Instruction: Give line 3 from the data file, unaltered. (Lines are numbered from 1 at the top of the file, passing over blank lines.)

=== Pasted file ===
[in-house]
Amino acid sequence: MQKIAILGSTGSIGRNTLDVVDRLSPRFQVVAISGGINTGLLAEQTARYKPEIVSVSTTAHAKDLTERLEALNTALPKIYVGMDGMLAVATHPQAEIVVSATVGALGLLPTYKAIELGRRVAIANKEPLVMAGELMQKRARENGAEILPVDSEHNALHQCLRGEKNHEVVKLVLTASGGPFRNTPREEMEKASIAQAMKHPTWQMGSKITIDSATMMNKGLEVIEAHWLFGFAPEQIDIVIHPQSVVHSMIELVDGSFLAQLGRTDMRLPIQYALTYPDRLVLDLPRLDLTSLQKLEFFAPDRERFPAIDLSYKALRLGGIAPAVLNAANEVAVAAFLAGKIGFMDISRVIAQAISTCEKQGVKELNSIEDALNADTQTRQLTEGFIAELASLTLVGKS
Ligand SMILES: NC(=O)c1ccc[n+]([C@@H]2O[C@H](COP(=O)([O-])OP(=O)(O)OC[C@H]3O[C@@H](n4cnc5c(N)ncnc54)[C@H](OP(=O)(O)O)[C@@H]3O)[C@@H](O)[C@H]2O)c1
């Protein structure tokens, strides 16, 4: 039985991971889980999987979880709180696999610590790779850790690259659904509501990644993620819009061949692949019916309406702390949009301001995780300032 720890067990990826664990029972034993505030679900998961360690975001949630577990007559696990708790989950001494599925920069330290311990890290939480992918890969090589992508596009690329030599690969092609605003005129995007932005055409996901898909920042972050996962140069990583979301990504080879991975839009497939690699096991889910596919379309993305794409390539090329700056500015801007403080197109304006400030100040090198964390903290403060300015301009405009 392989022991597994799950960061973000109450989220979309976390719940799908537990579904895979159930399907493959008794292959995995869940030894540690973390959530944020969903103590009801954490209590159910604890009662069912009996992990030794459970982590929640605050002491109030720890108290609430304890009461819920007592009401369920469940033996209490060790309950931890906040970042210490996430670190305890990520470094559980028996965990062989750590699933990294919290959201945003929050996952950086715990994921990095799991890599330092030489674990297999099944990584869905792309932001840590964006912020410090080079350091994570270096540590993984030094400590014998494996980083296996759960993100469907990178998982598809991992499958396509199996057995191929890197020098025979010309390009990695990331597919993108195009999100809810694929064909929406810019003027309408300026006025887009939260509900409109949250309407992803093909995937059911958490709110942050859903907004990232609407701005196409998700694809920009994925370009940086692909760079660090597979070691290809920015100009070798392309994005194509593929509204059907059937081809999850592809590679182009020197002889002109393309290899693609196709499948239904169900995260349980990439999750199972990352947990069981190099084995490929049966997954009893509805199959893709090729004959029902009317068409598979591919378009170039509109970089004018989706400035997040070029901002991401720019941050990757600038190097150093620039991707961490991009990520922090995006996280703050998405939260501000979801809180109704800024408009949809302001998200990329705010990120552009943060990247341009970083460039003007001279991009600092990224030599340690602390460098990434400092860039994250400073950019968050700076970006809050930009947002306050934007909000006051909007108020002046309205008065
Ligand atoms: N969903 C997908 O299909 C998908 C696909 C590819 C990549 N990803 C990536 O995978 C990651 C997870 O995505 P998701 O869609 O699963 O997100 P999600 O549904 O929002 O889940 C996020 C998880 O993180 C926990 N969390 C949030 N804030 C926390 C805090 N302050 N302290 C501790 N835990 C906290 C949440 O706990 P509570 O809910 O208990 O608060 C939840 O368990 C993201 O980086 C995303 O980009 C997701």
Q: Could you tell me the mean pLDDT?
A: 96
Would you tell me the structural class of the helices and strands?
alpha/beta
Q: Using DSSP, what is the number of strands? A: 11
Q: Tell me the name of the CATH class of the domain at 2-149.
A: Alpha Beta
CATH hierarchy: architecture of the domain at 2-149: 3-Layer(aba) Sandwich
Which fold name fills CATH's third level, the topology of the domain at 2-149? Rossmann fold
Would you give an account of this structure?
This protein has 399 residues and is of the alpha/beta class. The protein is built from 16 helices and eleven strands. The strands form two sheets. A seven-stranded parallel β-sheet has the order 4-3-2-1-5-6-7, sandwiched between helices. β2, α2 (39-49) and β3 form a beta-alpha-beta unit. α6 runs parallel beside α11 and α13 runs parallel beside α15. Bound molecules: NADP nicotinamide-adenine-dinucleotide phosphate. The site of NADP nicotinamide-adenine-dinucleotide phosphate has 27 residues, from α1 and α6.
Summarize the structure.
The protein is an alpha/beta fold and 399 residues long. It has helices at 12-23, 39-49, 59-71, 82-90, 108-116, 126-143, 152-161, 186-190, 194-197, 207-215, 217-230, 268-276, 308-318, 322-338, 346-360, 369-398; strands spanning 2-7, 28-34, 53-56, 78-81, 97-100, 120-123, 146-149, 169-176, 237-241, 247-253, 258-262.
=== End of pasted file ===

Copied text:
Ligand SMILES: NC(=O)c1ccc[n+]([C@@H]2O[C@H](COP(=O)([O-])OP(=O)(O)OC[C@H]3O[C@@H](n4cnc5c(N)ncnc54)[C@H](OP(=O)(O)O)[C@@H]3O)[C@@H](O)[C@H]2O)c1